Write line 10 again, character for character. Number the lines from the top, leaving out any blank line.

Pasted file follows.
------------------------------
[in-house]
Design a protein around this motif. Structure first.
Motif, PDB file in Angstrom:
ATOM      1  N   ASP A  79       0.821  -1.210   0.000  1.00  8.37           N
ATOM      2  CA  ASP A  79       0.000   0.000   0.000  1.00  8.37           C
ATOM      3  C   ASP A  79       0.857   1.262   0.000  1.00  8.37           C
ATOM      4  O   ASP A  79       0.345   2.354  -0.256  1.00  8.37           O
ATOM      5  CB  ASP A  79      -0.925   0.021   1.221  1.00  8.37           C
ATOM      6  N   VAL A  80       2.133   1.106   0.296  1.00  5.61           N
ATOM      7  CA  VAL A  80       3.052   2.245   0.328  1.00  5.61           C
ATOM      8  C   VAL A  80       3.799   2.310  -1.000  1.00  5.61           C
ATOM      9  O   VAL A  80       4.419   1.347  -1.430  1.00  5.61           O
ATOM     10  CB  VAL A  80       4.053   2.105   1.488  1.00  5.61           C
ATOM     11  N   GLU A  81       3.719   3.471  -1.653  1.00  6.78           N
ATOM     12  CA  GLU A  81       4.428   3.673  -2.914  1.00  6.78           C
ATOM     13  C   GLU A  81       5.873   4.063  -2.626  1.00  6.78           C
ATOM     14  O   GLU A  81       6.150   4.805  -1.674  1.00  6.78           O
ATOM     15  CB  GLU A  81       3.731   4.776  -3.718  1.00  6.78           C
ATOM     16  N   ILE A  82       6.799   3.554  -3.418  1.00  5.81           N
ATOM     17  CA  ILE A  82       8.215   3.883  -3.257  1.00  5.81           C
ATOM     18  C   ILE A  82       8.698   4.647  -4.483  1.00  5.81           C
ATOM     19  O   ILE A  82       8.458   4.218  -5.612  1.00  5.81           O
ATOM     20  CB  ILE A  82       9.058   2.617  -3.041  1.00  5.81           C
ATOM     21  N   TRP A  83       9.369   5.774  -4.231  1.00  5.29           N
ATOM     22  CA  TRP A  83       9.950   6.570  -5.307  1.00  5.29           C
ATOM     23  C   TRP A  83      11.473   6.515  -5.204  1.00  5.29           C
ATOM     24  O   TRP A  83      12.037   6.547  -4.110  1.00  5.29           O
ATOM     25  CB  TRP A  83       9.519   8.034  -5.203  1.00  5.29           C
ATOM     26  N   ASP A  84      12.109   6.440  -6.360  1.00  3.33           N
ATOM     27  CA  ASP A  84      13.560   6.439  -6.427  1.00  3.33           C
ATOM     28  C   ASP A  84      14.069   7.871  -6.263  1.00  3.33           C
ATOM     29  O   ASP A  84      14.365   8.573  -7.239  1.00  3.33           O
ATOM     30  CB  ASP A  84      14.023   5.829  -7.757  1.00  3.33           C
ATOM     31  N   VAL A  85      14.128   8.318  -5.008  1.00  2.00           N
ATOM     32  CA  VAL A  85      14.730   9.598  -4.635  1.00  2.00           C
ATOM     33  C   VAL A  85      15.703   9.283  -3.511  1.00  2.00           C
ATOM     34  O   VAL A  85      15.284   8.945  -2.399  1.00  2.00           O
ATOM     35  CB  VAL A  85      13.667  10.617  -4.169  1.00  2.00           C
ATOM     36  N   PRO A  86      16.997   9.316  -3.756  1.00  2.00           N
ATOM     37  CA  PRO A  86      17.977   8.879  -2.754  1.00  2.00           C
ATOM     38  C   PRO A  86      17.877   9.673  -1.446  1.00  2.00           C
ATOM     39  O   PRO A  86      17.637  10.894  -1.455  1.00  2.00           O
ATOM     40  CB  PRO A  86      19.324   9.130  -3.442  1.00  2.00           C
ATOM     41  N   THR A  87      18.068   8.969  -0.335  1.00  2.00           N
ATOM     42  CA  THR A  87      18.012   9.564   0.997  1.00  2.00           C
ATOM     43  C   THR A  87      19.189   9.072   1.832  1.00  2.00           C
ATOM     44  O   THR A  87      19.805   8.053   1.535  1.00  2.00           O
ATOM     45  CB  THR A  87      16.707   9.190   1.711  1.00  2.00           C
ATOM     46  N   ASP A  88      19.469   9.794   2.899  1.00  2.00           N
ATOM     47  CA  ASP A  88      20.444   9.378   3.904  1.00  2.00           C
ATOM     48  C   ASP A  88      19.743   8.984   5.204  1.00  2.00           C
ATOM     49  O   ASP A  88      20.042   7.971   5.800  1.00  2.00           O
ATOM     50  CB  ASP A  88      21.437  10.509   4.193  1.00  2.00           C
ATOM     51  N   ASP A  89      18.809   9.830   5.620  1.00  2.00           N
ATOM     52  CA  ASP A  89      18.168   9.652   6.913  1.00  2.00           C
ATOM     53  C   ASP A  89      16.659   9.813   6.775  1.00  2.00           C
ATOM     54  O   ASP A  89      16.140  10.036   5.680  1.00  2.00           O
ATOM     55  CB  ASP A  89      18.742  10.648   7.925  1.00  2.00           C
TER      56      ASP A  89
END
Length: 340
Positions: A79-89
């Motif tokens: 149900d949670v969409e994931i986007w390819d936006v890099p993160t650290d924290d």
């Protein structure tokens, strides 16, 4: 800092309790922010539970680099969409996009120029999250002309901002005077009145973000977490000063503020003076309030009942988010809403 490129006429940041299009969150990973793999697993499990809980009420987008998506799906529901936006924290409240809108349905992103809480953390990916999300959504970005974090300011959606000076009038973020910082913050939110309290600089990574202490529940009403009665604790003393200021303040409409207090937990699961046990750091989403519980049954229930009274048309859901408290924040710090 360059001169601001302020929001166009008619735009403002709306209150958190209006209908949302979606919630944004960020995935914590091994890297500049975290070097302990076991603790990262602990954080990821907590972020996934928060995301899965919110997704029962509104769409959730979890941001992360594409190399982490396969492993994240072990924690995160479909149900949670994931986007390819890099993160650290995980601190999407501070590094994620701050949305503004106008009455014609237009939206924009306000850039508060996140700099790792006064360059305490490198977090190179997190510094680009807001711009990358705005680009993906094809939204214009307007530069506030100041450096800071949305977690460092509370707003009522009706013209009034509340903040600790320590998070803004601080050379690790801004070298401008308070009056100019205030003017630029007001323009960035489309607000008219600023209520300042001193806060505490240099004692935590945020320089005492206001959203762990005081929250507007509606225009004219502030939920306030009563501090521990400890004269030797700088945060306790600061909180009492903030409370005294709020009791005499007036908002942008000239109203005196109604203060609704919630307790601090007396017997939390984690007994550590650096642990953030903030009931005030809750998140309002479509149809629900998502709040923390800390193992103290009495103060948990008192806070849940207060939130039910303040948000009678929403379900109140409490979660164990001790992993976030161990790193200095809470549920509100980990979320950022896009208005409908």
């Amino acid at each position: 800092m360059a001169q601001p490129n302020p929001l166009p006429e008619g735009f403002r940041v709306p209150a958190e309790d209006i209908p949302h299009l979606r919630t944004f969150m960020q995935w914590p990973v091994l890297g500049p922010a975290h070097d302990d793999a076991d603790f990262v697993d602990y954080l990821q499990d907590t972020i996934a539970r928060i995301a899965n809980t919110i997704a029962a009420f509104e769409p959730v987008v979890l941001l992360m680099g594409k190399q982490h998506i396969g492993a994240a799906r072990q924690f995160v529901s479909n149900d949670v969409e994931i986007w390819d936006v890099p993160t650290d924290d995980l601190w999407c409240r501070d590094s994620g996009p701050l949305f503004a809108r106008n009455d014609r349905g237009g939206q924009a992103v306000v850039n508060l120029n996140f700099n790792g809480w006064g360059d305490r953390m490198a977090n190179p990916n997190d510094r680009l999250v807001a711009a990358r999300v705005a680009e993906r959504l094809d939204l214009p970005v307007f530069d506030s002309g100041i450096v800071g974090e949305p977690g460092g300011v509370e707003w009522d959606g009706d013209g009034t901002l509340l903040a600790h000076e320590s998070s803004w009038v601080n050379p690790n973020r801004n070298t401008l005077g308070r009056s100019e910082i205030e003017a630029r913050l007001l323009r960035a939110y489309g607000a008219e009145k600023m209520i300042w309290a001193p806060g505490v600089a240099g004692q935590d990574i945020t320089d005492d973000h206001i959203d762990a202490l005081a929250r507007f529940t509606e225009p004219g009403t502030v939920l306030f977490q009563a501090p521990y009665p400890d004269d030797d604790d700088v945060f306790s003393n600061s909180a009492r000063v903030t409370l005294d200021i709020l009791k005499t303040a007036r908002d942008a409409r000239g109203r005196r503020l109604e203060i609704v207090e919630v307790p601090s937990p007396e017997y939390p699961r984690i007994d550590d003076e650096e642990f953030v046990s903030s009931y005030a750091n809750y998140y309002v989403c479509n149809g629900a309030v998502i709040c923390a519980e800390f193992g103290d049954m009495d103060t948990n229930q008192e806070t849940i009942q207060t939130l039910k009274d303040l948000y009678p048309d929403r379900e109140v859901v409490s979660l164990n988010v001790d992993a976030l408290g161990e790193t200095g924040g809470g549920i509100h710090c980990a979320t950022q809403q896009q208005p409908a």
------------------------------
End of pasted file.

ATOM      7  CA  VAL A  80       3.052   2.245   0.328  1.00  5.61           C